The 2010 midterm elections swept House Democrats out of power and with it their say in handling the information the 2010 Census found. The Census can seem like a boring, administrative feature of bureaucracy. Count the people. Redistrict accordingly. But its impact is much greater than that. The GOP’s control of the House led to unfair district lines being drawn, increasing polarization of our Congressional districts and gerrymandering. The 2020 Census is fast approaching. While the Democrats won the House in the 2018 midterms, that does not mean it is secured, especially in a presidential election year.

But besides gerrymandering, there is another major issue on the table this decade. The Trump administration is fighting to add a new question to the form: “Is this person a citizen of the United States?”

This is not a new question. From 1890 to 1950, the Census included a question regard- ing citizenship status. During that time, there was an influx of immigrants coming to America. The citizenship question disappeared on the 1960 Census, as it was clear that flux had been in decline for about 30 years.

Immigration rates have, however, been rising since 1970. Under another administration, I may have given them the benefit of the doubt that reestablishing the citizenship question was a matter of precedent and general interest. But Trump is our President, and his minions fill out the positions of his administration. He began his campaign calling Mexicans criminals, drug dealers and rapists. His presidency will be remembered for the horrific child separation policy at the border and the ruthless ICE raids. The administration claims that this question will help enforce the Voting Rights Act. But with his track record in immigration policy and clear racist bias against immigrants, I gather that Trump does not want to add this question to influence productive policy.

After being struck down by multiple lower courts, the Supreme Court is hearing oral arguments on Tuesday, April 23. The legal argument against this question is that it prohibits the government from accurately counting every person in the country; thus it is unconstitutional to add it. I know that this is the angle lawyers must take, but Democrats should be taking a stand and presenting the moral argument for why this question cannot be added.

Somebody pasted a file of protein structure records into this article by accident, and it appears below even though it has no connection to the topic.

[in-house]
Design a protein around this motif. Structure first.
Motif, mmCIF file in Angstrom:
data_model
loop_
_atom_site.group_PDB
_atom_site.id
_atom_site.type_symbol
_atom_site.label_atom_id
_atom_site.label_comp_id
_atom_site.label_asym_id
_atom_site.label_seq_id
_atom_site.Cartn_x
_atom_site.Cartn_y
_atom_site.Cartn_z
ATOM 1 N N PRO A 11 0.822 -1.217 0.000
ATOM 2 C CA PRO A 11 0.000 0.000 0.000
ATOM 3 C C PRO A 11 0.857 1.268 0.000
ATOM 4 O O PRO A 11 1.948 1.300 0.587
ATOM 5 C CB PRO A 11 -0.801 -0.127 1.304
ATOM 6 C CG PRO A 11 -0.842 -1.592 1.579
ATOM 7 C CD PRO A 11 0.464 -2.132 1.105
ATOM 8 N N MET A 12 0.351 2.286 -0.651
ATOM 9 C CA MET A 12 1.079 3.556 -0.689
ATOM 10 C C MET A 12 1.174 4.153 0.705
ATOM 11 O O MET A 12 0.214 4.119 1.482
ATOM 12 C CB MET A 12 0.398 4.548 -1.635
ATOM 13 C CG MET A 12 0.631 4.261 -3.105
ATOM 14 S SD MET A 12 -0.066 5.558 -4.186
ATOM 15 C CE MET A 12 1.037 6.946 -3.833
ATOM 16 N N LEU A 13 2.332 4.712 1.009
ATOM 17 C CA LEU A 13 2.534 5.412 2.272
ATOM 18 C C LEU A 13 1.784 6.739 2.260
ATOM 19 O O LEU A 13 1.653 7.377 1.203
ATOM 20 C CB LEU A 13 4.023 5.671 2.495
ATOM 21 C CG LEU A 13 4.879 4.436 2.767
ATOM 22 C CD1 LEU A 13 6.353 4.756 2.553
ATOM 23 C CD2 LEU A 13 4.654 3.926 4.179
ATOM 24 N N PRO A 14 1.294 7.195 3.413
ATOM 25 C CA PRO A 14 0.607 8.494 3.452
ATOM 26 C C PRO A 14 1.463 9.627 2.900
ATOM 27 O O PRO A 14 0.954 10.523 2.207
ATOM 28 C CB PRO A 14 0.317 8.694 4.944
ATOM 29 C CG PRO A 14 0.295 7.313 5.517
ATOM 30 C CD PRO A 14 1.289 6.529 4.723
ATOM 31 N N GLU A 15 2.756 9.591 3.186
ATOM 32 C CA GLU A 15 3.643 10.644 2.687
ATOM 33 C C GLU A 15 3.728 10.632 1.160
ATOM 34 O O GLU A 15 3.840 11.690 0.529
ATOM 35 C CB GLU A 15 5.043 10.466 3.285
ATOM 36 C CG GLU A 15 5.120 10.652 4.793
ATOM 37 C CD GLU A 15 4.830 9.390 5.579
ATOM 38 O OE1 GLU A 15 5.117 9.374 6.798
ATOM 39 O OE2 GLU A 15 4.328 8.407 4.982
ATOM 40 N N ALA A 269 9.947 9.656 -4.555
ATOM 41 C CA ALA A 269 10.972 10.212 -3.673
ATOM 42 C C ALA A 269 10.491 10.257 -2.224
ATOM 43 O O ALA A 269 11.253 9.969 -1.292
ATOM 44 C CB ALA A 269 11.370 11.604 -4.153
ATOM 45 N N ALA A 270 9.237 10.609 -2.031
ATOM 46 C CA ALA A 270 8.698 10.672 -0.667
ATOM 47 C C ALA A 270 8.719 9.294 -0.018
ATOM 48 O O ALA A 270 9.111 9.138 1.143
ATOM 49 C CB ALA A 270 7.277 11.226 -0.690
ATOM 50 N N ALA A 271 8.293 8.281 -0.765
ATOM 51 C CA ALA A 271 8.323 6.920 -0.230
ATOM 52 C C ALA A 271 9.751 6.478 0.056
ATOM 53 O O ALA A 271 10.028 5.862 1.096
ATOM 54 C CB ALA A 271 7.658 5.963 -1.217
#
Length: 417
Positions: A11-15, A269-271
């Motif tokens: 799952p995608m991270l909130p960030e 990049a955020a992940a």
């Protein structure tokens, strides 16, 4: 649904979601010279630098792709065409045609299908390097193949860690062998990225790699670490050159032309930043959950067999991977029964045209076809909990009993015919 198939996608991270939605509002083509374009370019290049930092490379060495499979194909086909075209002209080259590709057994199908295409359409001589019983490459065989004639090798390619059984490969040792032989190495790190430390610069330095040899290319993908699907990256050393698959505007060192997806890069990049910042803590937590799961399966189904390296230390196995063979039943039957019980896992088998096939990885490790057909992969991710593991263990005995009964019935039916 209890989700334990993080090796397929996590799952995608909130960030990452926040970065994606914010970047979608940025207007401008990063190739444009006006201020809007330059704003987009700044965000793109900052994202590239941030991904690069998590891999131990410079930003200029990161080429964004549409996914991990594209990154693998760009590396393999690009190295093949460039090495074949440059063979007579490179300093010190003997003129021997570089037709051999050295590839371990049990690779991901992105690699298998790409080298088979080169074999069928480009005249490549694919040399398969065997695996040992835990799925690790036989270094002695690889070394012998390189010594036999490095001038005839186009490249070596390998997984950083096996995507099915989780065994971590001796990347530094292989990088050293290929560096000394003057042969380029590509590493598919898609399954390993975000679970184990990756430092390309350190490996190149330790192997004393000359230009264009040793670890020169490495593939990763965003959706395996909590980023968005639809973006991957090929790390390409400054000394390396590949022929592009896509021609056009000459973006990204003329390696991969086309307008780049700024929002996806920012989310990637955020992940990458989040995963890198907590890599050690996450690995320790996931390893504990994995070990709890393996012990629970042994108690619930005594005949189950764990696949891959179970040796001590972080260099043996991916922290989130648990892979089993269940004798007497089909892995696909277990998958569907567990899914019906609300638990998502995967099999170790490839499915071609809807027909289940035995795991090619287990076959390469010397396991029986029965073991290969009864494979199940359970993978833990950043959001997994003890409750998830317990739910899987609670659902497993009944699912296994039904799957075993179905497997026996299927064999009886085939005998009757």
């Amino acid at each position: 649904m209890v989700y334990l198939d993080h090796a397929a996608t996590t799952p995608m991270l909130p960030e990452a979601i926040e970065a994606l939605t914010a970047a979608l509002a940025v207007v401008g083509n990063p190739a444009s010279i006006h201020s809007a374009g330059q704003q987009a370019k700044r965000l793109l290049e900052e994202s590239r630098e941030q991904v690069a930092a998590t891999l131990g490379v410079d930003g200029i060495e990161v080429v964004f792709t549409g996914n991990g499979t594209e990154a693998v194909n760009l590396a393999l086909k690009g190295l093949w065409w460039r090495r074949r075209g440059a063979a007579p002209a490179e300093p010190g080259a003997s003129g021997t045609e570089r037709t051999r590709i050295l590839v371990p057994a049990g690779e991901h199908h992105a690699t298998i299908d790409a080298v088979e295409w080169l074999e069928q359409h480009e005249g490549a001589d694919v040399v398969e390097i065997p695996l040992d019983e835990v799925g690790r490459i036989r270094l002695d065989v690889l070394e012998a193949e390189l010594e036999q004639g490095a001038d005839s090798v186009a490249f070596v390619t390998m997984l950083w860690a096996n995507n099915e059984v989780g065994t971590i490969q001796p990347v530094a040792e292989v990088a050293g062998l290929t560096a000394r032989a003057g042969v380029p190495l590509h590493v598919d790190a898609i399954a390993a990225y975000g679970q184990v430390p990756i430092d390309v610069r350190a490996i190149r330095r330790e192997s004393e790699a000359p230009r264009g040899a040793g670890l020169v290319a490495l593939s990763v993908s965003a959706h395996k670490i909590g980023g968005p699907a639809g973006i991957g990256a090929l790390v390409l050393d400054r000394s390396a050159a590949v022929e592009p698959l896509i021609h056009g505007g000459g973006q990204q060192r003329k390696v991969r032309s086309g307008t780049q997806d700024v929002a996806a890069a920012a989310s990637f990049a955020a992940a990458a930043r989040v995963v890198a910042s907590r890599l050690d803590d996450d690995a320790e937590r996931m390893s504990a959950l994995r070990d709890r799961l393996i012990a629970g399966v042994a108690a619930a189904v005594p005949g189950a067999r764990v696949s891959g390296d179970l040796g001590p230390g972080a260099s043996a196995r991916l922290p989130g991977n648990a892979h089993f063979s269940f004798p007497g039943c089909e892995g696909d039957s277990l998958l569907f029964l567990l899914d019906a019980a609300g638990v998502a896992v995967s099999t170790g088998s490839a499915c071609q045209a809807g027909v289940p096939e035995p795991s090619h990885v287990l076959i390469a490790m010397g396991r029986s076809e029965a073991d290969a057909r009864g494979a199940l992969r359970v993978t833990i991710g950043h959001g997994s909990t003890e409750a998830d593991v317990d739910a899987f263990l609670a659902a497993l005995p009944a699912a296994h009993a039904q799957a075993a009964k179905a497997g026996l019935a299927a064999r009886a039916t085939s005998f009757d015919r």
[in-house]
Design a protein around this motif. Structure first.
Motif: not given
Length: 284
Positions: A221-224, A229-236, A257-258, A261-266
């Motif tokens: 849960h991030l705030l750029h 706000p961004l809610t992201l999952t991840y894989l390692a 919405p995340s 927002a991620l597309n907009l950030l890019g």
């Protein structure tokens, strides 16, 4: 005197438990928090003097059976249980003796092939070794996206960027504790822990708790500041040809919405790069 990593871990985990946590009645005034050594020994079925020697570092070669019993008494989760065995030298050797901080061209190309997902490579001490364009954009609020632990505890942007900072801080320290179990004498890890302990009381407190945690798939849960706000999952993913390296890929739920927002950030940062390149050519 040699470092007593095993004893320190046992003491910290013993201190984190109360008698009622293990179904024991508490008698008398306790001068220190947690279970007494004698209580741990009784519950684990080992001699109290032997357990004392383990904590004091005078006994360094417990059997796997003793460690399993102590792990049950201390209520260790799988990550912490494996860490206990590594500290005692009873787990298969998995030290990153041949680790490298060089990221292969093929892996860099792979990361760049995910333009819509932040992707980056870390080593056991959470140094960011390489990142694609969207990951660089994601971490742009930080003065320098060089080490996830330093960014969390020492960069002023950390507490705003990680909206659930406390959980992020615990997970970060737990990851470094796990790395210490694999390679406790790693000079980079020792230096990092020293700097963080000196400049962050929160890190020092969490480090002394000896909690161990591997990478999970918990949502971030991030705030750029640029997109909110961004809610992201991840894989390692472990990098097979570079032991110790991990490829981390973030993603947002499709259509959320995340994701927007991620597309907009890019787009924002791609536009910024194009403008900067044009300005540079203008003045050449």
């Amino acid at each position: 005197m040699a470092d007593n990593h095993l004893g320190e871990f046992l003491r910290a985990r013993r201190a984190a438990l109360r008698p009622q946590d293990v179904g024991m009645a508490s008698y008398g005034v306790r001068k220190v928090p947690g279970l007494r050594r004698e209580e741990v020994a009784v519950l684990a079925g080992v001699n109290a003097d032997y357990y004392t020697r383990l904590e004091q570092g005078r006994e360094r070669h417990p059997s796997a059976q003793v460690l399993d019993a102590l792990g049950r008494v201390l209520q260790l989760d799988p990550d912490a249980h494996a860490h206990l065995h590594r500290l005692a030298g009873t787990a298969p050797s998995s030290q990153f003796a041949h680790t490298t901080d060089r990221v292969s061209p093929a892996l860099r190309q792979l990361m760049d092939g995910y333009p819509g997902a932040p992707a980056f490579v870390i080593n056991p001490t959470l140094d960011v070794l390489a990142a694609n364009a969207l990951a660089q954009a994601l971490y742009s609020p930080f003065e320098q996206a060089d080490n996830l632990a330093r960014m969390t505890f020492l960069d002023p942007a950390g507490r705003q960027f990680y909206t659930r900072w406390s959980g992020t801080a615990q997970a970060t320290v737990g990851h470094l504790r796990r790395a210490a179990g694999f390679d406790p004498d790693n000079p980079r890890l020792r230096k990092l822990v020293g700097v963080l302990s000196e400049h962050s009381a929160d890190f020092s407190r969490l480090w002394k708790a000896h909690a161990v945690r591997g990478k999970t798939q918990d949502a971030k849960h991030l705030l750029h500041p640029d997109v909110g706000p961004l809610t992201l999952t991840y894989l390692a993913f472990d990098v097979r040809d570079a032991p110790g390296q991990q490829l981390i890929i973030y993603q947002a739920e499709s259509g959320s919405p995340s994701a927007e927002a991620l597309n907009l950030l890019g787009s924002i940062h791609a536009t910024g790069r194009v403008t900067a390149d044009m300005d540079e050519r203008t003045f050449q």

The moral argument is that we should not stand to live in a country where laws and governmental actions are rooted in distilling fear in people. We have seen the threat of deportation scare people away from going to court to seek justice after a crime was committed against them. We have seen children traumatized in an attempt to deter people from seeking asylum. The citizenship question is now another policy to intimidate people into hiding, further perpetuating an underground society of people who at the end of the day want nothing more than to work hard for a happy and safe life for their family, just like everyone else. We should not trust the Trump administration with statistical information about legal status.

In 1885, after his father died, 16-year-old Frederick Trumpf came to New York with no job prospects. He came for opportunity. Frederick barely spoke English and got a job as a barber. He lived in America seven years before he became a citizen. Two generations later, his grandson is President of the United States. I do not understand why Trump hates immigrants so much. He is the grandson of one. He has employed them throughout his business career. His willingness to make immigrants a political pawn, exploit their situations and fail to understand real comprehensive immigration policy is disgusting and disconcerting.

The United States is a country of immigrants, and we should not make people live in fear and in the shadows of society. The arguments on this case may be decided before this article is published, but I hope the judges can accept the legal argument against this census question. I hope Americans take notice of this question and fight for the moral argument as to why we cannot let this happen.

Contact Glynnis Harvey at gharvey@colgate.edu.

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